Researchers at St Vincent's Hospital, Victoria, Australia, measured cortical excitability using transcranial magnetic stimulation in 157 patients with epilepsy (95 generalized and 62 focal) and their asymptomatic siblings and results were compared to those of 12 controls and 20 of their siblings. No differences were observed in cortical excitability between healthy controls and their siblings. Compared to controls, cortical excitability was higher in siblings of patients with generalized or focal seizures. Motor threshold was lower in patients with juvenile myoclonic epilepsy compared with their siblings. The disturbance in cortical excitability appears to involve intracortical inhibitory circuits even in siblings of patients with a structural abnormality and acquired epilepsy. [1]

COMMENT. The authors conclude that certain genetic factors that predispose to epilepsy and a complex genetic/environmental interaction determine the clinical phenotype.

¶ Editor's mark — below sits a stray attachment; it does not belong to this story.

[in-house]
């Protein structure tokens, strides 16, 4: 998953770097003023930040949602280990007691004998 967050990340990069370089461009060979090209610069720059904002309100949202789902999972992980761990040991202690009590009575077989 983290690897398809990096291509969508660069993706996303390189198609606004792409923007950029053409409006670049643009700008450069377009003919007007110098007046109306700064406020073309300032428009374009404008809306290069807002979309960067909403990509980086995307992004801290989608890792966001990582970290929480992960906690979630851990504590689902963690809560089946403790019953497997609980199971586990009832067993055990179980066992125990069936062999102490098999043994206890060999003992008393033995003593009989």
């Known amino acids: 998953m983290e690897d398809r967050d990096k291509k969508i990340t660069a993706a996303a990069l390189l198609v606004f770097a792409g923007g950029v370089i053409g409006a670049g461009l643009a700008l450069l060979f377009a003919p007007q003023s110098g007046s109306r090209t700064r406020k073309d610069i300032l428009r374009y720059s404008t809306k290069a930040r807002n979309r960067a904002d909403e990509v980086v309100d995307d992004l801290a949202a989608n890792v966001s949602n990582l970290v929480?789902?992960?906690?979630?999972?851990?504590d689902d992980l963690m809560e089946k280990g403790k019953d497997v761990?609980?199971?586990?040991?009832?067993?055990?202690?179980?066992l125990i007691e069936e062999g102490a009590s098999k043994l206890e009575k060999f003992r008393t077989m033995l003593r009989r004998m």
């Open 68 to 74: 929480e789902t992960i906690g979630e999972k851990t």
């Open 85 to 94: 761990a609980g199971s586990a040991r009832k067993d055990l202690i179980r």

Gene mutations in progressive myoclonus epilepsies

A mutation in the potassium channel associated gene CNTN2 was the cause of a cortical myoclonic tremor and epilepsy in a consanguineous Egyptian family. [2]

A mutation in the GOSR2 gene was identified in 12 patients with “North Sea” progressive myoclonus epilepsy. Early onset ataxia at 2 years of age was followed by myoclonic seizures at average age 6.5 years, followed by multiple seizure types. All patients developed scoliosis by adolescence, an important diagnostic clue, some had pes cavus or syndactyly, and all had elevated serum creatine kinase (mean 734 IU) and normal muscle biopsies. EEG showed generalized S/W with posterior predominance and photosensitivity. With progressive decline, patients became wheelchair bound by mean age 13 years. The cases all came from countries bounding the North Sea. The relentless course distinguished “North Sea” progressive myoclonus epilepsy (PME) from other PMEs [3]. Other PMEs include Unverricht-Lundborg disease (gene CSTB mutation), Lafora's disease (EPM2A), Northern with mental retardation (CLN8), and teenage-onset PME (CLNB). [4]